Month: March 2020

We Are in Time


Traverse Theatre, Edinburgh

About ten minutes into the performance of We Are in Time, Susan taps me on the shoulder. She leans in close and whispers two words into my ear.

‘It’s tosh!’

I stare at her in bewilderment. I mean, there are many words I would use to describe this show – unique, audacious, beautiful – but ‘tosh’ certainly isn’t one of them. She notes my puzzled expression and shakes her head, then points surreptitiously to The Narrator, a young woman whose face has been naggingly familiar from the moment she walked onstage. The penny drops. Of course! It’s Alison O’Donnell, best known for playing DS Alison ‘Tosh’ McIntosh in the TV detective drama, Shetland. And I have to say, ‘Tosh’ is a long way from her regular beat.

I relax and go back to being enraptured.

It’s hard to describe exactly what this show is, but I’ll try. The set has all the stark, clinical lines of an operating theatre, complete with two illuminated tables. Instead of being peopled by a team of surgeons, however, there are a dozen musicians, sawing industriously away at their respective instruments – violin, viola, cello, double bass – creating a series of mournful, haunting melodies. Meanwhile, the recently deceased Jay (Jodie Landau) wanders calmly amongst them, singing lines that seem to have originated in a medical textbook, while Stella (Ruby Philogene) gratefully prepares to receive his donated heart. Every so often, O’Donnell chimes in with detailed information about the various procedures that are observed in such situations. Behind the performers, a large screen conveys a series of related images.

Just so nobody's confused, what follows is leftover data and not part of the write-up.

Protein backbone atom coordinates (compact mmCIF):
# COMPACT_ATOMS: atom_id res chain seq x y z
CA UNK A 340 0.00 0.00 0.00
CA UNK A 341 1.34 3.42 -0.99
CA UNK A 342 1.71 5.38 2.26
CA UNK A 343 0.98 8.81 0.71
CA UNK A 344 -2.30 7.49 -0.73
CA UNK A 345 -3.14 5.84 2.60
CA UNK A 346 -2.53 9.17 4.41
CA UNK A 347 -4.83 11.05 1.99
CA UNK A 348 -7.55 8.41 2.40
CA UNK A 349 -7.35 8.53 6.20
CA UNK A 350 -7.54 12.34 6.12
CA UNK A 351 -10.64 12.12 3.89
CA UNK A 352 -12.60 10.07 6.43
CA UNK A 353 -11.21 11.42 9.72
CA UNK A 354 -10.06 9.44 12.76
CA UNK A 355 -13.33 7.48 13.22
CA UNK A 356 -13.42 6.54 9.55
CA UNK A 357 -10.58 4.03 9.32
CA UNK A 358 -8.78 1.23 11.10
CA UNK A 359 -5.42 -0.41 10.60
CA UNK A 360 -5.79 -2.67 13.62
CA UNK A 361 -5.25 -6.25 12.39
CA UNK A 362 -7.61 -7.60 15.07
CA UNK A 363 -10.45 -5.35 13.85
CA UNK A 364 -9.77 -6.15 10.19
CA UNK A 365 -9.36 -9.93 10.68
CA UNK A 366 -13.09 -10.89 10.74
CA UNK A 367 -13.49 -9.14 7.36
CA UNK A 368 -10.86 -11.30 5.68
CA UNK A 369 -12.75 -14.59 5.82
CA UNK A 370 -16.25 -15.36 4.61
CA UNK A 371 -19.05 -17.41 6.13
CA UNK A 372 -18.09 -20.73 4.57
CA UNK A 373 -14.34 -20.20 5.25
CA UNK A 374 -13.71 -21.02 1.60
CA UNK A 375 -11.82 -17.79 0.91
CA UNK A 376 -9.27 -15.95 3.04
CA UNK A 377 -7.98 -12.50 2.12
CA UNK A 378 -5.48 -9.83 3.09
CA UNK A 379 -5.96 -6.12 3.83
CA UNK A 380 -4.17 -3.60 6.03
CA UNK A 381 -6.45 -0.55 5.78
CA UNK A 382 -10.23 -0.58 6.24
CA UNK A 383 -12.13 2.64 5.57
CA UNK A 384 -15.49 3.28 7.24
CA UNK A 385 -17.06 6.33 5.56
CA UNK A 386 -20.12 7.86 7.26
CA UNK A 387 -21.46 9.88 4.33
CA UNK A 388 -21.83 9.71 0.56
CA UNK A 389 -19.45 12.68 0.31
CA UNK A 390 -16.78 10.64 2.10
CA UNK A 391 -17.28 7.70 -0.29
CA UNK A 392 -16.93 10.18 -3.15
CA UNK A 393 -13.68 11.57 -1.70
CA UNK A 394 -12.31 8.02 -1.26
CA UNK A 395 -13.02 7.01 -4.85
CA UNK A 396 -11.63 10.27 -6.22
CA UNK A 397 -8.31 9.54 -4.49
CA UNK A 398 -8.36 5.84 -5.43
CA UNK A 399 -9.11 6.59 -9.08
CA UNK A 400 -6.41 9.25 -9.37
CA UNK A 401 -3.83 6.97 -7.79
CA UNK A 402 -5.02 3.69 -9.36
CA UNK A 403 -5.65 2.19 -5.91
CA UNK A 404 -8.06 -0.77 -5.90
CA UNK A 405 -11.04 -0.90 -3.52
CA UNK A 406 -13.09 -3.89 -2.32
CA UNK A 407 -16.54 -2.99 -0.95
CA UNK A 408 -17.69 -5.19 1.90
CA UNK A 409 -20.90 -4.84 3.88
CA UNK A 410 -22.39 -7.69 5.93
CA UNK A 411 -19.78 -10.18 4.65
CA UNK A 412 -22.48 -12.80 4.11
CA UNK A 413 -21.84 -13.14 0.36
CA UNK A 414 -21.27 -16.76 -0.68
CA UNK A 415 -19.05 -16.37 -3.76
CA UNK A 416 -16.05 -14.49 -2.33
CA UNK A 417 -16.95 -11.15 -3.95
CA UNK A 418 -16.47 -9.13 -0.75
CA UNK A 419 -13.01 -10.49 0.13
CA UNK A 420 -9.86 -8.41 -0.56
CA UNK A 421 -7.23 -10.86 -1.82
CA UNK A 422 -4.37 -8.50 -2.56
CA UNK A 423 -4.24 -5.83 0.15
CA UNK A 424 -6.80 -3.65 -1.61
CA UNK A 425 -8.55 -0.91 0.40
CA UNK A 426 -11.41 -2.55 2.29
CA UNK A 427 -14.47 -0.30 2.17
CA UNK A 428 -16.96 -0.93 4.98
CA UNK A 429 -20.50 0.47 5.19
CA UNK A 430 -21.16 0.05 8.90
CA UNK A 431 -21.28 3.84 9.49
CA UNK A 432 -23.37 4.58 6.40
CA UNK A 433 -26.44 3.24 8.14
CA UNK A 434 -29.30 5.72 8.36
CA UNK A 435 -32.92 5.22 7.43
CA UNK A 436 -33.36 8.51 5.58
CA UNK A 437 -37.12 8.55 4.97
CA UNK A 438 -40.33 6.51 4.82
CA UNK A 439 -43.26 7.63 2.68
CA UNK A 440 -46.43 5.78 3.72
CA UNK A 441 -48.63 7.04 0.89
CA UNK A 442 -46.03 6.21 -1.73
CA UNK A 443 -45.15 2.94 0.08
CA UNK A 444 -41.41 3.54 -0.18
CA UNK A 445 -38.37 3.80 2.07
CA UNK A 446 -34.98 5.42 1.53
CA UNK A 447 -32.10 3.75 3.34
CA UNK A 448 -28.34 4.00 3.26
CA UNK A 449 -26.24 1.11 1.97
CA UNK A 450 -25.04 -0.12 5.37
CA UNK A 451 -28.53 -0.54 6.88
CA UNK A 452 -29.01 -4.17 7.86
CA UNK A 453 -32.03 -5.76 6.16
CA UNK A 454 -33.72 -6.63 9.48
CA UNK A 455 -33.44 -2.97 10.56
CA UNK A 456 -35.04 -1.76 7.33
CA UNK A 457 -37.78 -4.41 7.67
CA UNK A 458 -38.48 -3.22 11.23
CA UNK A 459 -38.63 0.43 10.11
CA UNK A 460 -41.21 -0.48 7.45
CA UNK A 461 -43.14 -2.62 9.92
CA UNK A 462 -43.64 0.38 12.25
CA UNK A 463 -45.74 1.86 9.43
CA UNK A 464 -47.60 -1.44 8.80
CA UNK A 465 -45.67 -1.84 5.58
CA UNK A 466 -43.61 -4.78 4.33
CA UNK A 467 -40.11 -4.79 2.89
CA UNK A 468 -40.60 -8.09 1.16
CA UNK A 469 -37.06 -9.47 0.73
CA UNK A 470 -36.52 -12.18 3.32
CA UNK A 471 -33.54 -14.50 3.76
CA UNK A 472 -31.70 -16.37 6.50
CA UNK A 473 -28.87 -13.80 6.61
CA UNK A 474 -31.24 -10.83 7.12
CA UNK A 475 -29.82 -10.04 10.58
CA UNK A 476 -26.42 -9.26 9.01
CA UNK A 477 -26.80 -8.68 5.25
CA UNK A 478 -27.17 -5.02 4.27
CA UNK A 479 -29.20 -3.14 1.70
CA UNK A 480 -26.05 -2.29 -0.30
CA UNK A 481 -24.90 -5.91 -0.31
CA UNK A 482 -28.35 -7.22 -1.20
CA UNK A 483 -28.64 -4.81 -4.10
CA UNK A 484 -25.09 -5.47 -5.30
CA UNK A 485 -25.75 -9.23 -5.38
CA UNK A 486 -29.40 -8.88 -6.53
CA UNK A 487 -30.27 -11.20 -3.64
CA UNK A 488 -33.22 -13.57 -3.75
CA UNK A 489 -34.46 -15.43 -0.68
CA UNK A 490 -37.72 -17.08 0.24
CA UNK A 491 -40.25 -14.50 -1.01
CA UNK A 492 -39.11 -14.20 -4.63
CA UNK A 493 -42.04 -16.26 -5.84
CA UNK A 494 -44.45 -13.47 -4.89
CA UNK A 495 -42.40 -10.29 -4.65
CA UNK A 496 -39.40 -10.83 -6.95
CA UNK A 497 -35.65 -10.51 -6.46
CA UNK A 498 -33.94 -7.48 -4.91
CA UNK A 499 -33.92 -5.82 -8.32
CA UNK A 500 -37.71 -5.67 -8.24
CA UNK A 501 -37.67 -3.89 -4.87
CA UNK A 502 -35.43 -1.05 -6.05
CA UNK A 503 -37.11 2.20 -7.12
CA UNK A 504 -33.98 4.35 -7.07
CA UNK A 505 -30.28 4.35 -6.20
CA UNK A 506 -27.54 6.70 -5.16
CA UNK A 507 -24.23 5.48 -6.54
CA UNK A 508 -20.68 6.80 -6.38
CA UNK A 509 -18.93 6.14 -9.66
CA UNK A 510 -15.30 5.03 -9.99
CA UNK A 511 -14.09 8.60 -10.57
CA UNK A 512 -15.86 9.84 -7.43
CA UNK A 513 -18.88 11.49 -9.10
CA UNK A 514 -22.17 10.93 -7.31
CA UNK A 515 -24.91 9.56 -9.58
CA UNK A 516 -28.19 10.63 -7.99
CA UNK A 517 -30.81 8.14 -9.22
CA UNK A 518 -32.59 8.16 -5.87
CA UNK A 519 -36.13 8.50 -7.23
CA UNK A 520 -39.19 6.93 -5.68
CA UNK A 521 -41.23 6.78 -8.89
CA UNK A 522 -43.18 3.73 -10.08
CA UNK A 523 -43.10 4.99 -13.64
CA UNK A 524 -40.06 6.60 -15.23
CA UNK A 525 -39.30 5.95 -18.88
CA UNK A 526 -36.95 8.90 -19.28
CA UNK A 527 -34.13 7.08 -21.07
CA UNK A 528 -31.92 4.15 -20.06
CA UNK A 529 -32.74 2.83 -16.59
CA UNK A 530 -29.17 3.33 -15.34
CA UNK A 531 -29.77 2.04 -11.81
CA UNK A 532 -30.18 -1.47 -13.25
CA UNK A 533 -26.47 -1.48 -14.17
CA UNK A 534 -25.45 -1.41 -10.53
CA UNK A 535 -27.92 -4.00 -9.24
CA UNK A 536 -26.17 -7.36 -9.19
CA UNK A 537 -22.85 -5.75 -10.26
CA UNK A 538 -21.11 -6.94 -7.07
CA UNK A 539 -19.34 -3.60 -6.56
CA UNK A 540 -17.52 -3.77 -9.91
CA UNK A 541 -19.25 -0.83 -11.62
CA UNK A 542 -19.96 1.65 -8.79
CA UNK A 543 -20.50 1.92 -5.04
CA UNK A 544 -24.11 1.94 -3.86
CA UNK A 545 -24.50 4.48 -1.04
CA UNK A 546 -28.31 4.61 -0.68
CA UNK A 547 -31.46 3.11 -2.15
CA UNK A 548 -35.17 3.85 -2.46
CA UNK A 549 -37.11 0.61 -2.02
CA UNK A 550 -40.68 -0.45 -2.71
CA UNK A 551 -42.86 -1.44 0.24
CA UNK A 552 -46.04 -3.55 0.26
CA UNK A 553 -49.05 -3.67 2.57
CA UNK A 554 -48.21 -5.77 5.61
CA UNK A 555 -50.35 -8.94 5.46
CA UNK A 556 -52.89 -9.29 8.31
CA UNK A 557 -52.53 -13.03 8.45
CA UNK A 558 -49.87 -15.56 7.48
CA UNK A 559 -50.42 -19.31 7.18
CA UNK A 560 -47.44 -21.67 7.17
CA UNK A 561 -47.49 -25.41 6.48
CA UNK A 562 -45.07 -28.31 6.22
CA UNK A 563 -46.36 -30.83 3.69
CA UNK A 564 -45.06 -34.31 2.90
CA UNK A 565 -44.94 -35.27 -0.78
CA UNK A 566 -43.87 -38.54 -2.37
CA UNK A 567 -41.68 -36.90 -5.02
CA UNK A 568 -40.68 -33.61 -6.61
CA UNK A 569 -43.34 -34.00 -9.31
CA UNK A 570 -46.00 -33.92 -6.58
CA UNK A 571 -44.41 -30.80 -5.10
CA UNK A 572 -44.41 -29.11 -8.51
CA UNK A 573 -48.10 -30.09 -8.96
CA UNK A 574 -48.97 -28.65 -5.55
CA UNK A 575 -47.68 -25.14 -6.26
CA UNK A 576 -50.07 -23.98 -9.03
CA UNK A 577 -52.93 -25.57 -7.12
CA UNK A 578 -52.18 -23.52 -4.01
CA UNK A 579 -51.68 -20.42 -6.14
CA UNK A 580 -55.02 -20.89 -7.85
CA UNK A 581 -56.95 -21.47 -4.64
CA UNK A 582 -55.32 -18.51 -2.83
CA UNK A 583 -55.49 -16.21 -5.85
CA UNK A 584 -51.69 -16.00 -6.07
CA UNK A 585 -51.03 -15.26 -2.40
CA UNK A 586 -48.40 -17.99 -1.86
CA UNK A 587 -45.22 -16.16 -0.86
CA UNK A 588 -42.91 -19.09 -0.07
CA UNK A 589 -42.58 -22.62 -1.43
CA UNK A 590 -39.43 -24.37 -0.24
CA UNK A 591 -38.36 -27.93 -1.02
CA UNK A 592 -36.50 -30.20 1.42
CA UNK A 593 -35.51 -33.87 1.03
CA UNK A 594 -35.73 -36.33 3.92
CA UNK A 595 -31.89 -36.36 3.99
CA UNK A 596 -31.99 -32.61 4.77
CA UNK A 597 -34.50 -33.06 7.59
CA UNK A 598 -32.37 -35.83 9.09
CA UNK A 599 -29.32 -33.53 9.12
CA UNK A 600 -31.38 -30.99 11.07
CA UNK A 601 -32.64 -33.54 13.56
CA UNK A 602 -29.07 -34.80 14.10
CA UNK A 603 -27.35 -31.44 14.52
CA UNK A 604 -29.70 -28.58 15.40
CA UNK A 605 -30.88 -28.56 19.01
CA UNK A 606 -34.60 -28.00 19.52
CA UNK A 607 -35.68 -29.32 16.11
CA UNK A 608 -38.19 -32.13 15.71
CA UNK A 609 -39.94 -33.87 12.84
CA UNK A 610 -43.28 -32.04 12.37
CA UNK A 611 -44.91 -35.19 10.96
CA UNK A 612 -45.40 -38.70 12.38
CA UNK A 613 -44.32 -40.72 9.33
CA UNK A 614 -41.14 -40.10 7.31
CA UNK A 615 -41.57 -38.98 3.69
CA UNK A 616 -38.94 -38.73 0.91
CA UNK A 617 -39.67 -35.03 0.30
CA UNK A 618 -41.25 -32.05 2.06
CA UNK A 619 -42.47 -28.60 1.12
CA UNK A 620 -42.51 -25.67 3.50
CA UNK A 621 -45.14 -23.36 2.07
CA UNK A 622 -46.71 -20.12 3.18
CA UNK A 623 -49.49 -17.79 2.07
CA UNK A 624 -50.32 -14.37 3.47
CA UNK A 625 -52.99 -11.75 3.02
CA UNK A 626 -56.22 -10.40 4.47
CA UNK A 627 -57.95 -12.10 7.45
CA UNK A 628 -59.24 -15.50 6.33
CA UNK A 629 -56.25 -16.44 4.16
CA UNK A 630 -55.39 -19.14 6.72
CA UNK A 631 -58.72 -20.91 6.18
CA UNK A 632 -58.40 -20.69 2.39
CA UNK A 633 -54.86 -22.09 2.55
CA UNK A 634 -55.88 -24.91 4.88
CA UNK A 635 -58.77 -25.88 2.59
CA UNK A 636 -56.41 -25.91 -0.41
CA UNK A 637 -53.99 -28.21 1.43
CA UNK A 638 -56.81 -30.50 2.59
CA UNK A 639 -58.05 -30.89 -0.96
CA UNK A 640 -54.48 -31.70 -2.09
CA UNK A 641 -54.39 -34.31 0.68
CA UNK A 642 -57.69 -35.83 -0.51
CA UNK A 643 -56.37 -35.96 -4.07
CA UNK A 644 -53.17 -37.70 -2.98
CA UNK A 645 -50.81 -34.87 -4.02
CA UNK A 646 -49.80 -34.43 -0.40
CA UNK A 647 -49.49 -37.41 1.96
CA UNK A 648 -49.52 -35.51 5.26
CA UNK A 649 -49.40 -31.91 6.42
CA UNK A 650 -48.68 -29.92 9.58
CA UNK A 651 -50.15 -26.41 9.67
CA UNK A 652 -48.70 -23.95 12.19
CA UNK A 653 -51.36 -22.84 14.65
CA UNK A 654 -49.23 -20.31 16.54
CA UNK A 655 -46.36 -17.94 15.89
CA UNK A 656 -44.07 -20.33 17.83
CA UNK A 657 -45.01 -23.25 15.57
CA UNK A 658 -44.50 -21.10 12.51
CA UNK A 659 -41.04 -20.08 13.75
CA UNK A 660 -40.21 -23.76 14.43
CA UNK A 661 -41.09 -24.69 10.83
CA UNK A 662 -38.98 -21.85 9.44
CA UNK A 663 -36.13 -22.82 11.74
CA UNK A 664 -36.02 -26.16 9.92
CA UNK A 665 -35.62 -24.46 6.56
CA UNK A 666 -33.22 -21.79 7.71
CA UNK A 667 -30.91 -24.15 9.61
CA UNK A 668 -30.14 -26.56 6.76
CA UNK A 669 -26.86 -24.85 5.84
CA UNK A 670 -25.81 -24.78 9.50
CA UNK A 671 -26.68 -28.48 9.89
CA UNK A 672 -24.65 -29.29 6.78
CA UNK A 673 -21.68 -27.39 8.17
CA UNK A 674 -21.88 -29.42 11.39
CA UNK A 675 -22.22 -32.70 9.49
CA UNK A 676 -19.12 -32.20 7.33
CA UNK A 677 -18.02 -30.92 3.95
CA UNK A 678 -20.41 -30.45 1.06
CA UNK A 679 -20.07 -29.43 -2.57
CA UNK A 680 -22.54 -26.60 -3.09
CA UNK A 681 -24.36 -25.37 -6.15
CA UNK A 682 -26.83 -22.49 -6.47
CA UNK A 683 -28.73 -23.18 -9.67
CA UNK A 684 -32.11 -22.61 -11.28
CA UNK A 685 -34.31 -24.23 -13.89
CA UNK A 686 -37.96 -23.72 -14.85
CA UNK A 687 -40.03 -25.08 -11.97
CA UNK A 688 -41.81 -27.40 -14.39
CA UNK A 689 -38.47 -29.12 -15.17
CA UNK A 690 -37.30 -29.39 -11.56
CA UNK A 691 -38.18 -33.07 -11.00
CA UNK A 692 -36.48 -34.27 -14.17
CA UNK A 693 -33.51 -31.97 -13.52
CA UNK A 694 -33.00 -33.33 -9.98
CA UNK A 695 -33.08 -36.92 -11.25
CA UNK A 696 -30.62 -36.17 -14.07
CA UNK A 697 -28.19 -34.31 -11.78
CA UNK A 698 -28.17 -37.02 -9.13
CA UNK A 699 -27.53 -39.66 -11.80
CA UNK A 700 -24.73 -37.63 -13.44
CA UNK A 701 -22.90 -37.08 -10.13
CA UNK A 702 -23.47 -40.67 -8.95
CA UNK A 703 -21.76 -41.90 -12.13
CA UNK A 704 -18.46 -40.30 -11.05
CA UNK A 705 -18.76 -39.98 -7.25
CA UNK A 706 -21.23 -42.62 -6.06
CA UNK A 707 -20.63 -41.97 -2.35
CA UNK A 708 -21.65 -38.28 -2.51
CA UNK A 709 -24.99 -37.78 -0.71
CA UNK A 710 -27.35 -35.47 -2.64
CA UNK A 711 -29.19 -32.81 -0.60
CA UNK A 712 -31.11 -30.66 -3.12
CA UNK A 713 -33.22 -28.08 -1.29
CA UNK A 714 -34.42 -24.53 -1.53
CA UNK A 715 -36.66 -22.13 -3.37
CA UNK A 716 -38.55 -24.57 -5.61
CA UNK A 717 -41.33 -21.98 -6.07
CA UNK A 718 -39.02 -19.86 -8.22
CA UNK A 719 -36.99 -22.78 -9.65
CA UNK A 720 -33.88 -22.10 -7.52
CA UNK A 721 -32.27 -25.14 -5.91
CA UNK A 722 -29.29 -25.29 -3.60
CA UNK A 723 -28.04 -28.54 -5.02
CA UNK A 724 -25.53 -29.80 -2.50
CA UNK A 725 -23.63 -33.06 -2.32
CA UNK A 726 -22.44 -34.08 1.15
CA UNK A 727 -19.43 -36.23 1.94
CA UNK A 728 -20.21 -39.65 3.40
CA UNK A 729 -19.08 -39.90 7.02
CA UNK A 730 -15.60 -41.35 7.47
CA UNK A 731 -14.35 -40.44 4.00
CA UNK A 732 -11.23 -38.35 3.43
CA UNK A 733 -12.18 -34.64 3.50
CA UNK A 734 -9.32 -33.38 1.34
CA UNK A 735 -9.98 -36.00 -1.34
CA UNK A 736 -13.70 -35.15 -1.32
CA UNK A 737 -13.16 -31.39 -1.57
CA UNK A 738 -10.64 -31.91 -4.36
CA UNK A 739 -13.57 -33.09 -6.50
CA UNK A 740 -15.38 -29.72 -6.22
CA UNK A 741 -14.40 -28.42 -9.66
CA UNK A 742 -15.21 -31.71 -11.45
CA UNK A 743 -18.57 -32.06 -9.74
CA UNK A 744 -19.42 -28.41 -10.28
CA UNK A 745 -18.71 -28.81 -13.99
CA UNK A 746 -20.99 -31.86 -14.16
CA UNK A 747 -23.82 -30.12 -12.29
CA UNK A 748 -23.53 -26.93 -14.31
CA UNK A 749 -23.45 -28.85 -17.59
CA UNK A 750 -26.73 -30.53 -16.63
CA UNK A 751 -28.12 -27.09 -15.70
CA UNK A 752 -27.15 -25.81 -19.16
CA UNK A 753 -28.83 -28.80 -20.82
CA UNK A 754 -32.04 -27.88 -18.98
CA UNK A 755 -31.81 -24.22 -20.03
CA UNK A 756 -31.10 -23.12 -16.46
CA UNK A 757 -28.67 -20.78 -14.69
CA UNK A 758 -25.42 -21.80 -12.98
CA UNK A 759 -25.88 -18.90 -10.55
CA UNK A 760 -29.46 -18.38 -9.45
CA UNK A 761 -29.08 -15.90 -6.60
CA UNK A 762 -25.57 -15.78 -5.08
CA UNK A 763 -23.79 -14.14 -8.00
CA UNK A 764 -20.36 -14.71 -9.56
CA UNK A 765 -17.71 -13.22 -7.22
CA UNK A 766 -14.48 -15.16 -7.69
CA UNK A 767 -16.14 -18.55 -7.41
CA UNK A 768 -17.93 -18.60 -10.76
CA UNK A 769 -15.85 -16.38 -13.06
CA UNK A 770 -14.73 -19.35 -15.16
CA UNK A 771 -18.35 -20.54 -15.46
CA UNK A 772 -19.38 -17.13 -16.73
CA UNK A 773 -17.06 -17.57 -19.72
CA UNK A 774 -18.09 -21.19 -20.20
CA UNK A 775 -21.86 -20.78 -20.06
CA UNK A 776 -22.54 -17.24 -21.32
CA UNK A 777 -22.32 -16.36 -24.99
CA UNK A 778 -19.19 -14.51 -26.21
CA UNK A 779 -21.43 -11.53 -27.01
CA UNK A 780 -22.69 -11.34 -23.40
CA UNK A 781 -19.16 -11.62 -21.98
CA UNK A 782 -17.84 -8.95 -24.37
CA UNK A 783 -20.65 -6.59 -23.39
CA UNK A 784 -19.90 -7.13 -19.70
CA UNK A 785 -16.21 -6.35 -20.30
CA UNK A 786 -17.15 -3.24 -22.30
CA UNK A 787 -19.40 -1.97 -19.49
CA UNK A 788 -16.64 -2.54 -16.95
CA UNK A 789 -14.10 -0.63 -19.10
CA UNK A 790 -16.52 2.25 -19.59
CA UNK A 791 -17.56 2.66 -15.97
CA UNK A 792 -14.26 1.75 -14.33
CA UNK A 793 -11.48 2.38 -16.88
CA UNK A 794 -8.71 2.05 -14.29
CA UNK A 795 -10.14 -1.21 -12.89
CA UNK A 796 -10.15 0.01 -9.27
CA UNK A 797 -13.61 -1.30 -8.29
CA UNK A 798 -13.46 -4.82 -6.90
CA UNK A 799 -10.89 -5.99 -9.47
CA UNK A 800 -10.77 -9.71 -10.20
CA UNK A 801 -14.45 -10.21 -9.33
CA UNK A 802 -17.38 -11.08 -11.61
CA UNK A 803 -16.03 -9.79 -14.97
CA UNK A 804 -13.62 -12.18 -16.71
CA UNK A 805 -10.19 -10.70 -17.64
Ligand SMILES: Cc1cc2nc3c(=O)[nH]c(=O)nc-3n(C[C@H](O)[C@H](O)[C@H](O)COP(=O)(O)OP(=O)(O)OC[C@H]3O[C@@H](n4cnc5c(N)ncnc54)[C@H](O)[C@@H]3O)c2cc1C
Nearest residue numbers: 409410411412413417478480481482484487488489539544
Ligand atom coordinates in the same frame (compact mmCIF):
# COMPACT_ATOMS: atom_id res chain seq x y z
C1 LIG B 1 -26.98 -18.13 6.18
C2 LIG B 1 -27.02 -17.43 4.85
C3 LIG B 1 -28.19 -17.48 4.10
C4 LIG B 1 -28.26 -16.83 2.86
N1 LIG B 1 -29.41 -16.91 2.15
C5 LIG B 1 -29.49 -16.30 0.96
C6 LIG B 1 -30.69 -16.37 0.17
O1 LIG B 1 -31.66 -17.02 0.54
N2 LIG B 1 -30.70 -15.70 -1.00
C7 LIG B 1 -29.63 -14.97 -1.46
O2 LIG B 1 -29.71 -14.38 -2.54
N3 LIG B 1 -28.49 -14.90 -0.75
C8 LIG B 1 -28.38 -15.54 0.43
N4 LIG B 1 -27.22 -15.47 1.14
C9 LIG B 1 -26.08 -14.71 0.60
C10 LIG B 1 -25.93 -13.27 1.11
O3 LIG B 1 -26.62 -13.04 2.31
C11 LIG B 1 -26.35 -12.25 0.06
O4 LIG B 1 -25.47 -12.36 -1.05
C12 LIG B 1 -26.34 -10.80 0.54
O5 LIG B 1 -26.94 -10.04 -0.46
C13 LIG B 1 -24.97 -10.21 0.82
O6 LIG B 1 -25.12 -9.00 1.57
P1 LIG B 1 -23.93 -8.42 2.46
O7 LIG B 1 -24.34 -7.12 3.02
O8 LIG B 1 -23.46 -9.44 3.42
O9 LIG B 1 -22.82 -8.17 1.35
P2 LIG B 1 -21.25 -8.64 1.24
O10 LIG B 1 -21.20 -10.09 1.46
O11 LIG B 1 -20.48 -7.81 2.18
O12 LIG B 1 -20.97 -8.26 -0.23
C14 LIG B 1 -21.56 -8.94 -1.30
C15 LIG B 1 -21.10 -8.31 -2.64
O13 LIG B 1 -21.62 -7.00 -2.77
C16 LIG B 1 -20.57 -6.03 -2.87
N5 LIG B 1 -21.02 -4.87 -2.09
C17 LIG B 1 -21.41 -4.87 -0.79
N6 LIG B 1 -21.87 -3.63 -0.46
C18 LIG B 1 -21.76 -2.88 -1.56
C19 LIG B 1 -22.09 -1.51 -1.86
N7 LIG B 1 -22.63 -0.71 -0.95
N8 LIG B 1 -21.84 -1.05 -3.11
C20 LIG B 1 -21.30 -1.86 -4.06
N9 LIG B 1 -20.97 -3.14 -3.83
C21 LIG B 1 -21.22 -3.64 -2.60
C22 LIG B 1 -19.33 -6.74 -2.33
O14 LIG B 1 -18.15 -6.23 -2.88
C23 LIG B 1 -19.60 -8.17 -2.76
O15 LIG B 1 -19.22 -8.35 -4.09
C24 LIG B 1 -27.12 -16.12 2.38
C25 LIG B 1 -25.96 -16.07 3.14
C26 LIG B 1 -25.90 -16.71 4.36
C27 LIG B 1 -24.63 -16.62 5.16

Through the various streams of information, we follow the progress of the heart, which travels from Jay’s chest cavity, halfway across the globe, until it finally finds its new home in Stella. In the process, a compelling and complex human drama is enacted through music, song and imagery. The result is eerily haunting, surprisingly informative and even suspenseful.

Written by Pamela Carter, with music composed by Valgeir Siguròsson and beautifully performed by the Scottish Ensemble, We Are in Time is quite simply an extraordinary theatrical experience. In all my years of theatre-going, I can honesty say that have never seen anything quite like it before.

And that, in my book, is a major recommendation.

4.6 stars